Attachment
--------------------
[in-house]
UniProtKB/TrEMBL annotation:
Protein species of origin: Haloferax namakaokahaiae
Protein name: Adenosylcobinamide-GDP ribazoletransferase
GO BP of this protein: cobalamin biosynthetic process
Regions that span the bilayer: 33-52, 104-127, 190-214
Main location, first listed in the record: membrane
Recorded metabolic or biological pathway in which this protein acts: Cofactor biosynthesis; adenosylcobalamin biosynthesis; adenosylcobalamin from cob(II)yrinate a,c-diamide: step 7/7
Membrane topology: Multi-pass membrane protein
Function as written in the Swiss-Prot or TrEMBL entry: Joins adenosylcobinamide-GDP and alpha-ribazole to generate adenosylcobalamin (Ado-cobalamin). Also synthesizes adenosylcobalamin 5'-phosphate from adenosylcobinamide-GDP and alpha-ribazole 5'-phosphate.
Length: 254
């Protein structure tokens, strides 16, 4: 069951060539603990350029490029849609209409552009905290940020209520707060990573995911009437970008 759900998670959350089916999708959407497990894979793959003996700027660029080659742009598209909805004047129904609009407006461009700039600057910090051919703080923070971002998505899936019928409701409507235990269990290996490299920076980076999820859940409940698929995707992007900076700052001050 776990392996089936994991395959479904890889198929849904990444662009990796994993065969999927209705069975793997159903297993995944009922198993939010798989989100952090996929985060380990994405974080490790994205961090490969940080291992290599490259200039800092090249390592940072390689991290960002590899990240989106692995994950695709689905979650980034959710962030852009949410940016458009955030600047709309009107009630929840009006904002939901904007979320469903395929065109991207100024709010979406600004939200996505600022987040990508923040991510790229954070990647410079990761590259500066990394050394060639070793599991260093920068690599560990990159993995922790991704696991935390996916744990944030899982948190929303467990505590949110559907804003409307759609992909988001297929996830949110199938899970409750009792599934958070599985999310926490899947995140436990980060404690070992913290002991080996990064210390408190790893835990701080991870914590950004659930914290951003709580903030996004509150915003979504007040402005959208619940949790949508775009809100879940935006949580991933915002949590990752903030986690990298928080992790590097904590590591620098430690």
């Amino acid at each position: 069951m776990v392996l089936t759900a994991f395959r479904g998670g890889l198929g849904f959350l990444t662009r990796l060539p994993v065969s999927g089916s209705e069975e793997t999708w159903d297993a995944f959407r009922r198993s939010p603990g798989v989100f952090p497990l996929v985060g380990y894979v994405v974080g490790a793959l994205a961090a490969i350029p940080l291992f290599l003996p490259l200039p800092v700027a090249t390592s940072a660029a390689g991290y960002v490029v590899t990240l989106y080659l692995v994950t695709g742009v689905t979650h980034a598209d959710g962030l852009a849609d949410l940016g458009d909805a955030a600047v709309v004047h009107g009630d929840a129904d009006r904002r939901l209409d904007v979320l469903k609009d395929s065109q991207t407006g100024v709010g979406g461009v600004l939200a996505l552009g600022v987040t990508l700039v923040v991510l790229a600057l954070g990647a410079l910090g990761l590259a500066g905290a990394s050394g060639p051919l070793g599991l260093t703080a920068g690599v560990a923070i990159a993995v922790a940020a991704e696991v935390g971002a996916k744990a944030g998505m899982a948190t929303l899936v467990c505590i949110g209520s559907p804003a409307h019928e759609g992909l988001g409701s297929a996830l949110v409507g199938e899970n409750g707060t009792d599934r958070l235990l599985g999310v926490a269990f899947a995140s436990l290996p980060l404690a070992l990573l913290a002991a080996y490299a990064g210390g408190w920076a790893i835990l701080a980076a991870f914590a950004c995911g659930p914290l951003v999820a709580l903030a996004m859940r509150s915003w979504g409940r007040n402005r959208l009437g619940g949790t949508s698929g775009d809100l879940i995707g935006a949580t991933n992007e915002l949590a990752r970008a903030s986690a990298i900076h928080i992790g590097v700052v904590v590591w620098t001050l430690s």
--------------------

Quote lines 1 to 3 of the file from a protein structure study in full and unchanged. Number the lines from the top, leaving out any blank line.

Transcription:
[in-house]
UniProtKB/TrEMBL annotation:
Protein species of origin: Haloferax namakaokahaiae